I’ve been lucky enough to win many awards. Together with Patrick, we won the PKIR Photographer Of The Year award in 2021. Then in 2022, together with Patrick, we won the TWIA National Wedding Photographer Of The Year award. In the UK wedding industry, awards don’t get any bigger than the TWIA award – winning it with Patrick felt (and still does feel) incredible. Then, later that year, I was named a Rising Star Of Wedding Photography by New York’s Rangefinder Magazine. Being named a Rangefinder Rising Star is considered incredibly prestigious internationally. It’s an accolade many of the top wedding photographers from the around the world covet the most.
This Is Reportage photographer of the year
I didn’t think things could get any better than those two awards – but then, in 2023, I was named the This Is Reportage Photographer Of The Year (becoming only the second ever UK photographer to be named the TIR POTY). Without a doubt, this is the award that gives me the most pride. This Is Reportage celebrates the best in documentary photography – the approach to photography that I specialise in, the ethos that underpins every image I take. There is no bigger documentary wedding photography award – and there is no harder one to win. So, to win the overall Photographer Of The Year award – well, I still have to pinch myself and ask ‘is this real?’. What’s more, I’m the only UK photographer to have won all three of the TWIA POTY, Rangefinder Rising Star and TIR POTY awards. I used to dream of being known as a decent photographer in Hull (where I live with Patrick and our family). These awards, they were beyond my dreams.
Bold and colourful editing
I shoot weddings alongside Patrick – and sometimes, on occasion, we shoot separately – but I handle all of the editing. Having one person take the lead on the editing helps us maintain consistency to our artistic style. The final look to our images is bold and colourful – an artistic rendering of the world, but one bound to reality too; artistically naturalistic. Our work is very real in terms of time and place. However, we also look to show the vibrancy of a wedding day – the moments we capture are often full of life, full of energy – and our editing only accentuates this. Through my photography – the images I take, the way I edit them – I seek to evoke how a moment felt, not just how it looked.
A beautiful family of five
I live with Patrick, in Yorkshire, with our three beautiful children. From our Yorkshire base, we photograph weddings all over the UK – and sometimes abroad, too. Then, we have an amazing family to come home to. We work away a lot, we work long hours as wedding photographers – though the work is of course extremely creative and rewarding. But when we’re not shooting weddings, we’re working from home, editing – or spending time with our amazing boys. Life with three young boys is as beautifully chaotic as you’d imagine! I love being a mum – I feel photography is one life’s great gift to me, but my boys are the greatest gift of all.
Wedding photography has given so much to me
I feel very lucky to be doing this job. Not just alone – but alongside Patrick. We travel, we meet new people, we get to be creative everyday – above all, we get to have fun, together. We love photography and documenting weddings allows us to shoot in a way that suits us as people and as artists. No working to a brief or sticking to a shot list, no posing, no bossing people around. No repeating shots we’ve taken before and we never, ever copy another photographer’s work. We capture new images every day – because we’re not posing or staging anything, every moment (and therefore every image) is new, it’s original, it’s unique to us and the people we’re photographing. Crucially, this is the way that we’d want to be photographed ourselves, so our approach is completely authentic to us. And photographing in a way that is authentic has helped build my confidence so much. At first, back in 2017, photographing large weddings felt intimidating. But finding my own approach and style, winning some of the biggest wedding photography awards in the industry, joining some amazing photography communities and meeting so many other talented photographers who I now call friends – all this has led to be developing my confidence. Now, I’m photographing huge weddings every weekend. I may still be quiet at times on a wedding, but that’s because I’m immersed in capturing the best moments. I go unnoticed as I move around and amongst the guests (at 5 foot 3, I’m fairly unassuming – Patrick sometimes loses me on a busy dance floor!). So, you’ll find me getting close to my subjects to get the best shots, assimilating myself into the celebration, being a part of each and every wedding day – creating work that I love and my couples love, too. This gives me a real purpose creatively, artistically – it gives real meaning to my work. Wedding photography has given so much to me.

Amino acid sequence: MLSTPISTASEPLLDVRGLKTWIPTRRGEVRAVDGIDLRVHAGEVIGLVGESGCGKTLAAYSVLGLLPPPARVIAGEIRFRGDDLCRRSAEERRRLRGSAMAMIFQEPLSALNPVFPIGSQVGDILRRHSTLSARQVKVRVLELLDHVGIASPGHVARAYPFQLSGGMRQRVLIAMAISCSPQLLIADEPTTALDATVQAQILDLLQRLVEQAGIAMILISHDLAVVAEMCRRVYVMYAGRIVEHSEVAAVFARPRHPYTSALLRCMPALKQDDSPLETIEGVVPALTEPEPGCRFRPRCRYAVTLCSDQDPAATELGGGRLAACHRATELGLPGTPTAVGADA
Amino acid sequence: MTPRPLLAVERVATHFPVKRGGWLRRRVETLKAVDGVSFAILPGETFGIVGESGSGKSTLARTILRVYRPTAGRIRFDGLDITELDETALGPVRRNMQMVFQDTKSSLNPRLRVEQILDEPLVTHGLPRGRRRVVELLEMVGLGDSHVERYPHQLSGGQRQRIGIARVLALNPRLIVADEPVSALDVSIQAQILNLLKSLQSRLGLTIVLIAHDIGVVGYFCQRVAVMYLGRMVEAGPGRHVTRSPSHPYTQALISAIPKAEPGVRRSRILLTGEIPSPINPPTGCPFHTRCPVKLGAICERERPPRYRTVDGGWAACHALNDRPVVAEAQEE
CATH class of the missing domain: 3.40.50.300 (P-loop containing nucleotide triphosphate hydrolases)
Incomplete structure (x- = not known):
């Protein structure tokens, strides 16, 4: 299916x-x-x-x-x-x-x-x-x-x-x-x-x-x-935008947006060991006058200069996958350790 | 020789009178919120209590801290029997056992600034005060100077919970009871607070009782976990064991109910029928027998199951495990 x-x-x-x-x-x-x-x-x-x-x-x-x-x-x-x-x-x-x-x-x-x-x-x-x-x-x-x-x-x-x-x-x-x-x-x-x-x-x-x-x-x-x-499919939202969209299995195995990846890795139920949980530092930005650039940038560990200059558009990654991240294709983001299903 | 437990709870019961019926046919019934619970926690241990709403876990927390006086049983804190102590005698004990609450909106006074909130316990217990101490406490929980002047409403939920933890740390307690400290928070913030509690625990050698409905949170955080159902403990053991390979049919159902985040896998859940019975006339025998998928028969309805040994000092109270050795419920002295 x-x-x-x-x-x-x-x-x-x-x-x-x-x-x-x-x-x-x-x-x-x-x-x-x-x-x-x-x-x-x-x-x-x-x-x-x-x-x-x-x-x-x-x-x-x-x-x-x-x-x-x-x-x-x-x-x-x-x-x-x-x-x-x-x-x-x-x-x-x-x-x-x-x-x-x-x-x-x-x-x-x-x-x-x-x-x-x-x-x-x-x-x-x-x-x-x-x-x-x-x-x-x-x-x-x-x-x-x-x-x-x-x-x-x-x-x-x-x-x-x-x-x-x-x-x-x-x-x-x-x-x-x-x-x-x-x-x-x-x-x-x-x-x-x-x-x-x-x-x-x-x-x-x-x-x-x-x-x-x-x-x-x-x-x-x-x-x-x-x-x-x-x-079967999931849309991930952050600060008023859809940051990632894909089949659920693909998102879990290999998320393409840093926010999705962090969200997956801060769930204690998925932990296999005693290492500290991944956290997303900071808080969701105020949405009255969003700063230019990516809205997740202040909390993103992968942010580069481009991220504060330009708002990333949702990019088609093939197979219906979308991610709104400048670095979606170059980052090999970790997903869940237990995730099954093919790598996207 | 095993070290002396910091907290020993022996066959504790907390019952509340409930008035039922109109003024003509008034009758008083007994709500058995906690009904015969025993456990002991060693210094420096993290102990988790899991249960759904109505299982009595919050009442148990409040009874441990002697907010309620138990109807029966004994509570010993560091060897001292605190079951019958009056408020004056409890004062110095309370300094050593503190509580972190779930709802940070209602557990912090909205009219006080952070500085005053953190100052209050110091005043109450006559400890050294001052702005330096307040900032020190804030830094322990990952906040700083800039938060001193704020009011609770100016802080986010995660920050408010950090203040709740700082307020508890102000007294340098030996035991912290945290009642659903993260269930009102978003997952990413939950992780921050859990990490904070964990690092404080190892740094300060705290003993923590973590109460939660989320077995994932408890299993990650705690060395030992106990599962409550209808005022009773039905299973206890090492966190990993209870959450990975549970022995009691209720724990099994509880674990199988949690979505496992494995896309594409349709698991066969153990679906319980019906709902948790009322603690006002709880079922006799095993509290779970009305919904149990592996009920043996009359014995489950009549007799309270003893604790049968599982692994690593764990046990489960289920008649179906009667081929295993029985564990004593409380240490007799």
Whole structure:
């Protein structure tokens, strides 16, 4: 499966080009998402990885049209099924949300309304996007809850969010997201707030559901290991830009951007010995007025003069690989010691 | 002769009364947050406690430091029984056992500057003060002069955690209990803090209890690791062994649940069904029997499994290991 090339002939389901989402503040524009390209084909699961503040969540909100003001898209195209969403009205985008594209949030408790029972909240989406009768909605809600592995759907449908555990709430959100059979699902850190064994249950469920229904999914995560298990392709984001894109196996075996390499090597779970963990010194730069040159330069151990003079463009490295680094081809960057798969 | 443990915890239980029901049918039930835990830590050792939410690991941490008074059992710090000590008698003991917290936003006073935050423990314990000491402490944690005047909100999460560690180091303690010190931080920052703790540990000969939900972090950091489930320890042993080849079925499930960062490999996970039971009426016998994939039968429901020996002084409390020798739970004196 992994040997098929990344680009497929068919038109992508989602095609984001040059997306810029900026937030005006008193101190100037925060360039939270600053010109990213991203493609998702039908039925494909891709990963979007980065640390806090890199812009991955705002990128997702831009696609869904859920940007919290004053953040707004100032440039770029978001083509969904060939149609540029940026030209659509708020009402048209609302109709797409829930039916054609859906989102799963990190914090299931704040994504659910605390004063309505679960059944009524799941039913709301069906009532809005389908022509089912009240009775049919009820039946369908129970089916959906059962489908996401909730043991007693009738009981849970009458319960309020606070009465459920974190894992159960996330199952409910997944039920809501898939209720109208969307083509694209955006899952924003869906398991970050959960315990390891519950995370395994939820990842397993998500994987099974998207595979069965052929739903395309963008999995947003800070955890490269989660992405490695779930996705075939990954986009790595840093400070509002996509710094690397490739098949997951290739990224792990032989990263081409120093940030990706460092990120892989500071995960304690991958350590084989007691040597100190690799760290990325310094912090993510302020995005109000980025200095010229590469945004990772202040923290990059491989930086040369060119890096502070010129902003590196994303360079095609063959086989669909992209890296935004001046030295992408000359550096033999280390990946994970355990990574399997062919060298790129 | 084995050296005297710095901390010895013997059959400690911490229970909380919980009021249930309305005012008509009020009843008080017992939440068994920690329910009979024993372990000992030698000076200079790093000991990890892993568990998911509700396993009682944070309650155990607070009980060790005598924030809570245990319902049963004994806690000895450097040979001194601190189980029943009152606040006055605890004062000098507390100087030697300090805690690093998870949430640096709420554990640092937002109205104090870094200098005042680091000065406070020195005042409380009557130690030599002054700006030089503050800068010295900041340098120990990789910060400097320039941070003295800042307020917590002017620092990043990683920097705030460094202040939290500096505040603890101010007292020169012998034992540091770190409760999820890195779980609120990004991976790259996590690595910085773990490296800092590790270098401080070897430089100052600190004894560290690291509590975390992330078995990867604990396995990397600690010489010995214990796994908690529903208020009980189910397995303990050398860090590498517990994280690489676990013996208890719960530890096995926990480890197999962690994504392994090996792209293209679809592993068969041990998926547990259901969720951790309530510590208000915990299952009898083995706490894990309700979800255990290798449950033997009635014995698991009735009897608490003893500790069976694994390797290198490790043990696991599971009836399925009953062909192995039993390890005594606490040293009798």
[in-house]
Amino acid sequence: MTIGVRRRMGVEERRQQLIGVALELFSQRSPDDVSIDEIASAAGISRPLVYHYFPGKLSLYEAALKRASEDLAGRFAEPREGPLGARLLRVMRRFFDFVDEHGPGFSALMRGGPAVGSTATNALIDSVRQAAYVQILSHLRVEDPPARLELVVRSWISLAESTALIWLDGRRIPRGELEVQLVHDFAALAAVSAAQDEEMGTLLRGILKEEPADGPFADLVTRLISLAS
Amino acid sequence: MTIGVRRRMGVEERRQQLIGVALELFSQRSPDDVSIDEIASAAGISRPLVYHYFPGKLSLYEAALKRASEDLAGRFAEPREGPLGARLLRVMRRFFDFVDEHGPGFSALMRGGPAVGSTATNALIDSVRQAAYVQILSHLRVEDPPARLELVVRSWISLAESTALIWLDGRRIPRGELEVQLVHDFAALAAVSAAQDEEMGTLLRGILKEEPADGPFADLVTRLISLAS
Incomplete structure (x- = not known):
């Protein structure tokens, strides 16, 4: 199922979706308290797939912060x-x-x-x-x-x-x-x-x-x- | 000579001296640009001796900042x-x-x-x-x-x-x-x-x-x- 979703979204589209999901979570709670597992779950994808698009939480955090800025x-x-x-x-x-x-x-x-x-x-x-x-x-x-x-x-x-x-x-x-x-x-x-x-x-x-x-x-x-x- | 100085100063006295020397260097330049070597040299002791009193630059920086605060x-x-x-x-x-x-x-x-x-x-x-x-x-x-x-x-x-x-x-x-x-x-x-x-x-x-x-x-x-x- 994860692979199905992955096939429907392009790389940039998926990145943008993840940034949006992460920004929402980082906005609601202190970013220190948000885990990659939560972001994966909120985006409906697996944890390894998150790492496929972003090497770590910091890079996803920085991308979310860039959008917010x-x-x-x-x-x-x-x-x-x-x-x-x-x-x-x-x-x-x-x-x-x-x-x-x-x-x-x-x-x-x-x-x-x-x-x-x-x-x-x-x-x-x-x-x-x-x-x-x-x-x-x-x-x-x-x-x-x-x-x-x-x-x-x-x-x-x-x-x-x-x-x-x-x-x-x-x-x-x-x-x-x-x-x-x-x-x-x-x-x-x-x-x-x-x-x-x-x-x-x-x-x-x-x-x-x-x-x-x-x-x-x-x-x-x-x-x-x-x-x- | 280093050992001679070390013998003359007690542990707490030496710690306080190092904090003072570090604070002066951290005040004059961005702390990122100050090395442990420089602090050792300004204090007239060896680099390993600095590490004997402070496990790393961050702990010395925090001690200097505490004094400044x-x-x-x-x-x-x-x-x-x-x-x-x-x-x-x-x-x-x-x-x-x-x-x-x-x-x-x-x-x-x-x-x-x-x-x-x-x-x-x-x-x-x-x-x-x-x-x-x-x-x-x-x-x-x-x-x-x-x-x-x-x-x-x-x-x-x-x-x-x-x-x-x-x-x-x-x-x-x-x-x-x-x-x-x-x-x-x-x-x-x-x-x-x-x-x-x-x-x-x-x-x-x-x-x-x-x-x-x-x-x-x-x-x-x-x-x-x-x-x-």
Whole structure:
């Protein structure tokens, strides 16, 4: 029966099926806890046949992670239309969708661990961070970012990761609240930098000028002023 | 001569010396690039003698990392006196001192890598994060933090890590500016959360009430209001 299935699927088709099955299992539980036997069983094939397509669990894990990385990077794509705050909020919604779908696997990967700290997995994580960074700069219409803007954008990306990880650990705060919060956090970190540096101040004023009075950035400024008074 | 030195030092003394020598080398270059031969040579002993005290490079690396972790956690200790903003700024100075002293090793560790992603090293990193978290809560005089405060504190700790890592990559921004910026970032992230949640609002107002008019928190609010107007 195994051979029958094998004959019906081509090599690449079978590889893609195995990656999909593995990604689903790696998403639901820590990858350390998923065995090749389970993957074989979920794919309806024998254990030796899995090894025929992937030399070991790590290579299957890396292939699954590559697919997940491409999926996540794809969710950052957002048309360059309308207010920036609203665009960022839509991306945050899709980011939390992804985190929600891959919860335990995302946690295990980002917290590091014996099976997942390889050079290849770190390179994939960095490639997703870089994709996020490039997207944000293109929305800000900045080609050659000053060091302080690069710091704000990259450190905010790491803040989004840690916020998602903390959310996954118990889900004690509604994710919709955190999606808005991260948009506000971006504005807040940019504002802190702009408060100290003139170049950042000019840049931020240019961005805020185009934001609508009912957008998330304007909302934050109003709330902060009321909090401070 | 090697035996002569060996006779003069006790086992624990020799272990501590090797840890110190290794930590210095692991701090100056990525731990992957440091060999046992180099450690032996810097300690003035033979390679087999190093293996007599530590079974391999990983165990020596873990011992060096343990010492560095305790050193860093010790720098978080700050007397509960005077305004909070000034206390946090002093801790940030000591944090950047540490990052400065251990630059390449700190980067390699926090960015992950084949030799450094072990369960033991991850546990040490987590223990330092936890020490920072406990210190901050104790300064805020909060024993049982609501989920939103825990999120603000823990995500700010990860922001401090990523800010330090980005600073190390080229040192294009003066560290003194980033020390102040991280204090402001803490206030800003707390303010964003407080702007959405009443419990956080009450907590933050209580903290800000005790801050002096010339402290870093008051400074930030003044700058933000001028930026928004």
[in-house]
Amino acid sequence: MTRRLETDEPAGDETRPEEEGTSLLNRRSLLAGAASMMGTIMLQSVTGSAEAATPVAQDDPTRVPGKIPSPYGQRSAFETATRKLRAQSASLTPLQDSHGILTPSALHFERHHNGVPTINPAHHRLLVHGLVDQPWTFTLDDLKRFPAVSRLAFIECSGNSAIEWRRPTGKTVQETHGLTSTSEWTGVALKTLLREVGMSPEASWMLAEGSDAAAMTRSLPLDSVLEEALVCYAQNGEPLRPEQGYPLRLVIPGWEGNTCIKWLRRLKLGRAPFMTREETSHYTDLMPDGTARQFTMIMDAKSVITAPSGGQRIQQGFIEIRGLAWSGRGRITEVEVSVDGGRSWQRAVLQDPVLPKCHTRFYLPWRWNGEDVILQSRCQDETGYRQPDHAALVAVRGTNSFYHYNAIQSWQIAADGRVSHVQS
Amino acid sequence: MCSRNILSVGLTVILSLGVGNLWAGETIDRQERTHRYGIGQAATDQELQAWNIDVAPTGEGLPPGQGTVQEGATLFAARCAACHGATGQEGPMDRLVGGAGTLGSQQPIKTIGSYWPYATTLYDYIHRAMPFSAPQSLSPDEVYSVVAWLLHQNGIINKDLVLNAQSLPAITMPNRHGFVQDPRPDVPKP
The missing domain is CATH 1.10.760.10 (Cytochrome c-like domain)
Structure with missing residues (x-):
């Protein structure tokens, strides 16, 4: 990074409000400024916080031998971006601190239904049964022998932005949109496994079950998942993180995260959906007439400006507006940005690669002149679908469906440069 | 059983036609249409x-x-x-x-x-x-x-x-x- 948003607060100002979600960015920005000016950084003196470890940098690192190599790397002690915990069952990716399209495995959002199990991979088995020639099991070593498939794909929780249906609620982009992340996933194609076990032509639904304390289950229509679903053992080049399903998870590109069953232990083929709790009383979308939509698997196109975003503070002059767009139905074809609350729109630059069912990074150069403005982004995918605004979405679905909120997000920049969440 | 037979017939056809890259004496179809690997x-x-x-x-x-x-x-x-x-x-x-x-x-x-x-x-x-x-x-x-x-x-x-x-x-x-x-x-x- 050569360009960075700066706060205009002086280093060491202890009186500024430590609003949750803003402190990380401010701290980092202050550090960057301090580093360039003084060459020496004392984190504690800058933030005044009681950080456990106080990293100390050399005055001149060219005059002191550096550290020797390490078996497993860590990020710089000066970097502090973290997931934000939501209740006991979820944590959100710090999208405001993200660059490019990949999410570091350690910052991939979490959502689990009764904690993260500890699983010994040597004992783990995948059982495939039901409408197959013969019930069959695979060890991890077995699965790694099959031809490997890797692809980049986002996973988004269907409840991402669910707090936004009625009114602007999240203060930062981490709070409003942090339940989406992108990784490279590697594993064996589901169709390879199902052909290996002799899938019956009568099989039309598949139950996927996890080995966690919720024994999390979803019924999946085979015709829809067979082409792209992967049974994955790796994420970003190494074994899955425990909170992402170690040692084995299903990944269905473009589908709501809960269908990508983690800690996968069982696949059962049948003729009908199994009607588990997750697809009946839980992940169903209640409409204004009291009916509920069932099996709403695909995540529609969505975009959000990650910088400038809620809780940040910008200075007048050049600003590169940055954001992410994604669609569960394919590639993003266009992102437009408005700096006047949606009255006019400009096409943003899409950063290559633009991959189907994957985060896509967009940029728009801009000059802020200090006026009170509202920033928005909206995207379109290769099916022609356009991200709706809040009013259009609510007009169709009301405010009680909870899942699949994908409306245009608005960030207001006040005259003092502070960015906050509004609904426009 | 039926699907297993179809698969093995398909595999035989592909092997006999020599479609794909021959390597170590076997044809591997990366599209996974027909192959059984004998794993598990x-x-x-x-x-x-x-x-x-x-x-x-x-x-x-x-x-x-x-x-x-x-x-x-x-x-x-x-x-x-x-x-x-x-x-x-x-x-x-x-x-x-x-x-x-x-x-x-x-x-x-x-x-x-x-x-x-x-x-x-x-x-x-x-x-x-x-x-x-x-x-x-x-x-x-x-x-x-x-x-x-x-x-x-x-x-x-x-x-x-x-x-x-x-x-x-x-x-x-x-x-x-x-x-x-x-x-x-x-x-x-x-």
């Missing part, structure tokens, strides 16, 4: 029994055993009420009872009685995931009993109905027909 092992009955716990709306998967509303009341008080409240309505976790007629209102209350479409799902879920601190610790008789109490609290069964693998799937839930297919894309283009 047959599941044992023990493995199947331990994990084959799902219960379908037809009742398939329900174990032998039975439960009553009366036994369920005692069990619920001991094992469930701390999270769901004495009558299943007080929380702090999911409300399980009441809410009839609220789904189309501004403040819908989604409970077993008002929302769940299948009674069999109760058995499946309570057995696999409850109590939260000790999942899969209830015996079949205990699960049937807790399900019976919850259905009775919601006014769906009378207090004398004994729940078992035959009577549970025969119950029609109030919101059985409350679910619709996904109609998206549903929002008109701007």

Award winning family photography
As well as wedding photography, I specialise in family photography, too – I have a separate business called The Wild Child Photographer. I photograph families like I photograph weddings – no posing or staging, just real moments. I developed my love for family photography through documenting my own children and family. Those cliches about children growing up so fast are all so, so true. So I photograph my family whenever I can, capturing our every day, ordinary life. I treasure every single one of these images – and I know as time passes, these images will only grow in importance to me, my family, my children. Knowing the intrinsic value of family photography has led to me developing an empathic and personal approach to the way I photograph families. In 2023 I was named the Top UK Family Photographer by TIR Family and in the Top 10 Family Photographers in the World by both TIR Family and the FPJA.
Looking towards the future
Every year I look forward – to experiences I’ll have with my family, watching my children grow. And I look forward to all the art I’m going to create. All those weddings I’ll document, all those moments I’ll record. Moments that will be looked back on for years to come. The art that I create becomes a meaningful art, for couples, their friends – their families. As someone who’s been married and as a mother myself, I know how important it is to record those fleeting moments – how important it is to have them to look back on as the years go by.